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Environ Health Perspect. 2010 March; 118(3): A110–A111.
PMCID: PMC2854781

AOD–PM2.5 Association: Paciorek and Liu Respond

Christopher J. Paciorek
Department of Biostatistics, Harvard School of Public Health, Boston, Massachusetts, E-mail: ude.dravrah.hpsh@keroicap

We thank Kumar for his letter about our article (Paciorek and Liu 2009). We hope this exchange will highlight some of the key issues in using aerosol optical depth (AOD) for air quality purposes, in particular with regard to our focus on epidemiologic use. More dialogue is needed between scientists involved in remote sensing and those studying air pollution exposure and its epidemiologic effects with regard to the challenges and needs involved in making the remote sensing products helpful in applications. Our response to Kumar’s letter highlights our perspective on these challenges.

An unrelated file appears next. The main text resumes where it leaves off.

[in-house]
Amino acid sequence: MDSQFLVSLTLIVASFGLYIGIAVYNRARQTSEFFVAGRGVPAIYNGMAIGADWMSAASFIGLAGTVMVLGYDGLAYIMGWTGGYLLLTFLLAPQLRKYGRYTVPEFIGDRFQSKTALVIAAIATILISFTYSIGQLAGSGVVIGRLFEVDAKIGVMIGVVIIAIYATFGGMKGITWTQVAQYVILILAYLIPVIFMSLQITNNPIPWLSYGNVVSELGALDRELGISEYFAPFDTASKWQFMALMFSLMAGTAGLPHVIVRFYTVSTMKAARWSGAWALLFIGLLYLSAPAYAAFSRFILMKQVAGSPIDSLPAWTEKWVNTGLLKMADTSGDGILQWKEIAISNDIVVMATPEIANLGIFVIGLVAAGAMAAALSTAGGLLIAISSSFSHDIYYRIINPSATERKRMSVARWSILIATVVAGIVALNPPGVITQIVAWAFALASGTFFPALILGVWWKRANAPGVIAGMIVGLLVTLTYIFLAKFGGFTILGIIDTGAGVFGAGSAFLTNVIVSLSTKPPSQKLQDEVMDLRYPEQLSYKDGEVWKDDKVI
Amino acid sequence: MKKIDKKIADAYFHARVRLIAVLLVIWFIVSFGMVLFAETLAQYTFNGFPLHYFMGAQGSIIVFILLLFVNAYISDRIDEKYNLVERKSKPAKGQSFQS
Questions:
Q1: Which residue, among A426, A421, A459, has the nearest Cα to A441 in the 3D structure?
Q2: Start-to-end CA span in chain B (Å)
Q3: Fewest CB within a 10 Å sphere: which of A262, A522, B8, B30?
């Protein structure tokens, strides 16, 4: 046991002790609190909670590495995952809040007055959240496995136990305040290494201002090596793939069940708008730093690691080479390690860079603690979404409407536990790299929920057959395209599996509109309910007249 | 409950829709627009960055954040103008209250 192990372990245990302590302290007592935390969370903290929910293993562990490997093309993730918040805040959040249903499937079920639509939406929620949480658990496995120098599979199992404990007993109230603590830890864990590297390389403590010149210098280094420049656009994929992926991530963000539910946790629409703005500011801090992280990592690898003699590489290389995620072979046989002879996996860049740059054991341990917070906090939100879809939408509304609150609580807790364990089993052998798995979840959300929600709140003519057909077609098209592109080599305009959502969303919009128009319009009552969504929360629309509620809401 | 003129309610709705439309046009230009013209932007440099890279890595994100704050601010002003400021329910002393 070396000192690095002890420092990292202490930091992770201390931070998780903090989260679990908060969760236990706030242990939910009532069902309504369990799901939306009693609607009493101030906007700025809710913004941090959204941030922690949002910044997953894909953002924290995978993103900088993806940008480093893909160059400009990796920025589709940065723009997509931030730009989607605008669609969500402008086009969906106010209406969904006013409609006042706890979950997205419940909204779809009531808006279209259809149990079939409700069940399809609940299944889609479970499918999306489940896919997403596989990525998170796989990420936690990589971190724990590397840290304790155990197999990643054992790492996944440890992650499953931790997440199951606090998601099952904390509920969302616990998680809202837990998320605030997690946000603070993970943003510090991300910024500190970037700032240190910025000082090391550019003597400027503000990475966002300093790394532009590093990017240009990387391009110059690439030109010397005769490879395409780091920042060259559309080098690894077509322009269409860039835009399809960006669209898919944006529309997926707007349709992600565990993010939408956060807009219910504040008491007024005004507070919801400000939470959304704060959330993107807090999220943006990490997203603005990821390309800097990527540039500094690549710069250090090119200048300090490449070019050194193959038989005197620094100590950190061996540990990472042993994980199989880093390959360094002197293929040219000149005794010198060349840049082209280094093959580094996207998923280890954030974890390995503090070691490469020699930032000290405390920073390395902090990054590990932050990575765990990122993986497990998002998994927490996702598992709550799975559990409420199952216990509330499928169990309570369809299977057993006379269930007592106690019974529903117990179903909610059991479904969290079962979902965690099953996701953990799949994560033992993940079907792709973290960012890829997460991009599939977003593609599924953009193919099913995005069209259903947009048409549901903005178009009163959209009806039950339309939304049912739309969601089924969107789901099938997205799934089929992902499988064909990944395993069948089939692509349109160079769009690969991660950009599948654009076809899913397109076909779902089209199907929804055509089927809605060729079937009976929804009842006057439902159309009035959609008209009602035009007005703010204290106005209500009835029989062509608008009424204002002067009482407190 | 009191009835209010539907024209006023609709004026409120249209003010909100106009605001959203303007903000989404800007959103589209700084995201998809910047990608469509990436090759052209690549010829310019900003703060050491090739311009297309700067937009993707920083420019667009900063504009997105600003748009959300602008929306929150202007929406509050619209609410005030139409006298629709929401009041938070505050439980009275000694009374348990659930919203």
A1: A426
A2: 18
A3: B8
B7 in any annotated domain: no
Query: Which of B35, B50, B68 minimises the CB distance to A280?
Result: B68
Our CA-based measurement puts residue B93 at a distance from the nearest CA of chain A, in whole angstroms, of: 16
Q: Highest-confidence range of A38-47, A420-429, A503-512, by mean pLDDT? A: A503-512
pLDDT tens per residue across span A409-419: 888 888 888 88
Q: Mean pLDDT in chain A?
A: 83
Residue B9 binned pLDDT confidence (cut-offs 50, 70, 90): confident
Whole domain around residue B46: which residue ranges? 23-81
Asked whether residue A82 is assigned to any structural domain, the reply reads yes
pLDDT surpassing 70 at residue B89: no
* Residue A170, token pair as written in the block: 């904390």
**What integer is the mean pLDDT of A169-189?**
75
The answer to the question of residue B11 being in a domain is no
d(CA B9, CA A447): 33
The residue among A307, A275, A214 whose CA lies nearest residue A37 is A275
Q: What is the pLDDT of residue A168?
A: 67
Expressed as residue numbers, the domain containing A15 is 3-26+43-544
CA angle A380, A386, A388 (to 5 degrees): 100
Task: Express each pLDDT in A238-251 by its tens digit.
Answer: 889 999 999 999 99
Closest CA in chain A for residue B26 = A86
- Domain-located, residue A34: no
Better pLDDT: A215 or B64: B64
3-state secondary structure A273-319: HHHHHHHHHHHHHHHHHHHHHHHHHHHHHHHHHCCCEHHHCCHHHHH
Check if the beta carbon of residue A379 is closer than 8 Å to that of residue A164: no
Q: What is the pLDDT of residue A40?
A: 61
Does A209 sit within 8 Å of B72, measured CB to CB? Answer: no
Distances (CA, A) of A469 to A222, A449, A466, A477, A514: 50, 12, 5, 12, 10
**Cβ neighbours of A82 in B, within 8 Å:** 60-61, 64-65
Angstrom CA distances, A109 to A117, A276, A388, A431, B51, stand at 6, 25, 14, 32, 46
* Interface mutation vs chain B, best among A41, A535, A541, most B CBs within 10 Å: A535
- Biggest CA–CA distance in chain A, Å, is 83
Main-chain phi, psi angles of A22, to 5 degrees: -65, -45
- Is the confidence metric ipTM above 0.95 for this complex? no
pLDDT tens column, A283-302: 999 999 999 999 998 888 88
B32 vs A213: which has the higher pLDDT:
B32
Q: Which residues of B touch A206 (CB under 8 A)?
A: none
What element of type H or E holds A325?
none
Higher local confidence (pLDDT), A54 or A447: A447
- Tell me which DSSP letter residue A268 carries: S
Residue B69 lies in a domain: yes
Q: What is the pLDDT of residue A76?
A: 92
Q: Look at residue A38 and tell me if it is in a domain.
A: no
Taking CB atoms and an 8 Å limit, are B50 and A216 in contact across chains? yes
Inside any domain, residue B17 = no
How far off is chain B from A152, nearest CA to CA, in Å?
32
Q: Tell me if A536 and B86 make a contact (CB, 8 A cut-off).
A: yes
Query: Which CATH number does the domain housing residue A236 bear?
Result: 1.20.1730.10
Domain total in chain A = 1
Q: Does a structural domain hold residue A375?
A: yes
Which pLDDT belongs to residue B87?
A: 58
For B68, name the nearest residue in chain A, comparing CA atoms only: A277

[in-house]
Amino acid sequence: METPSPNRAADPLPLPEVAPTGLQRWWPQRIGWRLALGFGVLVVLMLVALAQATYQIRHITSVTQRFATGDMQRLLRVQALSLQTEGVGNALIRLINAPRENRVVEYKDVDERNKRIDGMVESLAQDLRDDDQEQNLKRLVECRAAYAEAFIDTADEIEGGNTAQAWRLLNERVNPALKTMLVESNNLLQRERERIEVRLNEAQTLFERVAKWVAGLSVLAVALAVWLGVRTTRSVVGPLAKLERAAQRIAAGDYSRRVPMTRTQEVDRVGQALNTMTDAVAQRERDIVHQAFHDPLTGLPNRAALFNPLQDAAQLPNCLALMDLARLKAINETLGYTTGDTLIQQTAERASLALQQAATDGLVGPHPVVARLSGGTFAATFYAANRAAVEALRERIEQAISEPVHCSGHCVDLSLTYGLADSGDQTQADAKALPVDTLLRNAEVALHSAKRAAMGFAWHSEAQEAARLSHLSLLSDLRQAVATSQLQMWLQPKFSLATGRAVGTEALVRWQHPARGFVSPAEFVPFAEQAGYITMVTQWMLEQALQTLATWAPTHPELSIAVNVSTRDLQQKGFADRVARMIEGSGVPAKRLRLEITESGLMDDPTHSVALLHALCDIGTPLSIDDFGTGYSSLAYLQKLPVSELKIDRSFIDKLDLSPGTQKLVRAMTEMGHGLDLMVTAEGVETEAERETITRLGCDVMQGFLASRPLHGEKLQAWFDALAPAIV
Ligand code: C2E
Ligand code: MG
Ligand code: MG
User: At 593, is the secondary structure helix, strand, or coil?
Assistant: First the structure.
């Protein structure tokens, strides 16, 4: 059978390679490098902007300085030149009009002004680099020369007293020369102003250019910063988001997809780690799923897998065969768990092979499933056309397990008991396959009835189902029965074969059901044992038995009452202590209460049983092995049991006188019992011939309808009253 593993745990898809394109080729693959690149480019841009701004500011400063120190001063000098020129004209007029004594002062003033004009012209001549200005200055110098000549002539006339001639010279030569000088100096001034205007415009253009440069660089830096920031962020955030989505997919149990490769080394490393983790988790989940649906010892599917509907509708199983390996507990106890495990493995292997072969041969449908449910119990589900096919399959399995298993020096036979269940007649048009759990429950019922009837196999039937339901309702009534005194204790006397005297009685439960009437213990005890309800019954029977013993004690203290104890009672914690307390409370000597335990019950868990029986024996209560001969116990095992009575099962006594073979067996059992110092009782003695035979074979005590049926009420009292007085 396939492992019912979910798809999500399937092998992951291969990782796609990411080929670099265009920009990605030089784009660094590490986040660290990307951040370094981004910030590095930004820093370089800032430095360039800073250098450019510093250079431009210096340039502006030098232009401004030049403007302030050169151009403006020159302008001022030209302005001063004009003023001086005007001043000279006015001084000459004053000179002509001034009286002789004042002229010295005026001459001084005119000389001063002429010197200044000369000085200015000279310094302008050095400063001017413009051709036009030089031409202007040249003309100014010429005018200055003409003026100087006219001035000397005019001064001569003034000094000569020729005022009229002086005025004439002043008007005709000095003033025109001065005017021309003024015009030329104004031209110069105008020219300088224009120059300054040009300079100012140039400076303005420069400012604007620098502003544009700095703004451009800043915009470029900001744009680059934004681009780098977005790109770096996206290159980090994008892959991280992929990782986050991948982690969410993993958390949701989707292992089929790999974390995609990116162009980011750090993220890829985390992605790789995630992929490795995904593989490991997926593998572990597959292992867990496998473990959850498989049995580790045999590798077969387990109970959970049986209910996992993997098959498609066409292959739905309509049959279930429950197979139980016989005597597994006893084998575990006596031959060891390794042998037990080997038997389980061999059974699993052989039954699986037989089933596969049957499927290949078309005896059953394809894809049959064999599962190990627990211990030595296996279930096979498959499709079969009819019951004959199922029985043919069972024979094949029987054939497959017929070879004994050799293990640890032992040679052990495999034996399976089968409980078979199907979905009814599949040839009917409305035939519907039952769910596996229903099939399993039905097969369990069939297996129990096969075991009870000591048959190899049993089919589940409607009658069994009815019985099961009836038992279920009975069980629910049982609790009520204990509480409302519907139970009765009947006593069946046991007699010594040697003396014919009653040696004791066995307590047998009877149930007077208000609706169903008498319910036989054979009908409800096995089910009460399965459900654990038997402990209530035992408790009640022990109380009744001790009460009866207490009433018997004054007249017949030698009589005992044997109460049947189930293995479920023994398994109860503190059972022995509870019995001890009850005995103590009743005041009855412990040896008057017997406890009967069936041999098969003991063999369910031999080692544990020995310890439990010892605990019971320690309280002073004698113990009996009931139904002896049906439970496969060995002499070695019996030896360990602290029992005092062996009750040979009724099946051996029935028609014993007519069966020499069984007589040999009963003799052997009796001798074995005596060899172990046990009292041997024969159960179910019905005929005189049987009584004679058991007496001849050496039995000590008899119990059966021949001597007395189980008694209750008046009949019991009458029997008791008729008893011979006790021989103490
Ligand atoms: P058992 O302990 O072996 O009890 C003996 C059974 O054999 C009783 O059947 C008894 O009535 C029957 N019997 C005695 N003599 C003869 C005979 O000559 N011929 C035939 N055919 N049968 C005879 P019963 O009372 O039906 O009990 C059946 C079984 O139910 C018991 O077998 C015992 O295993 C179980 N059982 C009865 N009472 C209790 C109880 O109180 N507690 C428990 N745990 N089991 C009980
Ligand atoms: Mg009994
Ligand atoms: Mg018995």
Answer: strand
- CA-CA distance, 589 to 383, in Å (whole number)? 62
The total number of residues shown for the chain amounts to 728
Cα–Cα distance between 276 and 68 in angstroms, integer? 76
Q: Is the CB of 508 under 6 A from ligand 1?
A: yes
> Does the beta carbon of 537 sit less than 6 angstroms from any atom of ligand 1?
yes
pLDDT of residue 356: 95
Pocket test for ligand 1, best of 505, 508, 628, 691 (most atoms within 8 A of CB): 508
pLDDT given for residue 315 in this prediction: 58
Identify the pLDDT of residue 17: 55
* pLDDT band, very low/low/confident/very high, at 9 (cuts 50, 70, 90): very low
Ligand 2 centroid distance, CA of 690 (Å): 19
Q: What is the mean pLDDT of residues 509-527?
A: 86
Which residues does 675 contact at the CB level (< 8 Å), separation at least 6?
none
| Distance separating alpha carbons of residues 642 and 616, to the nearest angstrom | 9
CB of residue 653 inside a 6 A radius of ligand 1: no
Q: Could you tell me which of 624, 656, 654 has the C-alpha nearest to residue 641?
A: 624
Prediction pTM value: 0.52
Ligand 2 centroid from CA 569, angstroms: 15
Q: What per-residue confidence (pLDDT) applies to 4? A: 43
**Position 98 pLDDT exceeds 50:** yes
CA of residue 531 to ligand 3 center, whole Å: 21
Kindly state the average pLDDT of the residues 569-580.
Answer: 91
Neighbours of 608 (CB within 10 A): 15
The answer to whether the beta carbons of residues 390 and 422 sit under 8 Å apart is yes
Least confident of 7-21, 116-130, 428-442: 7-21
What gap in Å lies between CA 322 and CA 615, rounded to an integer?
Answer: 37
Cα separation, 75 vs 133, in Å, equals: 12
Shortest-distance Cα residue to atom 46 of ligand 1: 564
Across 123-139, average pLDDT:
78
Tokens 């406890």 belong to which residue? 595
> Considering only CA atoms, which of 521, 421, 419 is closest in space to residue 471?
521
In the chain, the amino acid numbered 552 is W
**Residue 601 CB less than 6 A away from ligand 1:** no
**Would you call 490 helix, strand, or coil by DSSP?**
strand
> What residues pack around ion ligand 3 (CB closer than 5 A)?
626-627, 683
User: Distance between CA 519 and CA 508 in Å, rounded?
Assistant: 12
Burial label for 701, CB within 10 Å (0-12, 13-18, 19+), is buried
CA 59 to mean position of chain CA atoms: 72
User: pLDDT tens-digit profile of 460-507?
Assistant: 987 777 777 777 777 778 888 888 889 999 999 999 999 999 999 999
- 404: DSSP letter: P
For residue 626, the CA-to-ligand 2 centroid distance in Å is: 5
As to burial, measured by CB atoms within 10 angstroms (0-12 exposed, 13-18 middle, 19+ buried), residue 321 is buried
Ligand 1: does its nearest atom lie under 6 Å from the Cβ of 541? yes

We agree that in our article (Paciorek and Liu 2009) we used AOD in a relatively straightforward way, and we welcome more advanced approaches to making use of AOD; in fact, one of us (Y.L.) is heavily involved in such work. The scientific challenge is to ensure that more advanced techniques can be used over an entire continuous time period and spatial area needed in a given epidemiologic or regulatory context. In our analysis we did our best to make use of currently available AOD products and to adjust for meteorologic variables and large-scale spatial discrepancy between AOD and particulate matter ≤ 2.5 μm in aerodynamic diameter (PM2.5) based on the data available. More sophisticated approaches will hopefully reduce the discrepancy between PM2.5 and AOD, but this does not change the need for rigorous assessment of the use of AOD as a proxy for PM2.5. An important test—which we explored—is the ability of AOD to help improve PM2.5 predictions, beyond reporting correlations between AOD and PM2.5. Furthermore, even with improved approaches in which systematic discrepancy may be alleviated, systematic discrepancy seems unlikely to disappear, and we believe serious consideration of AOD as a proxy for PM2.5 in the future will need to consider the nature of this discrepancy and its implications for the contexts in which AOD is used as a proxy for PM2.5.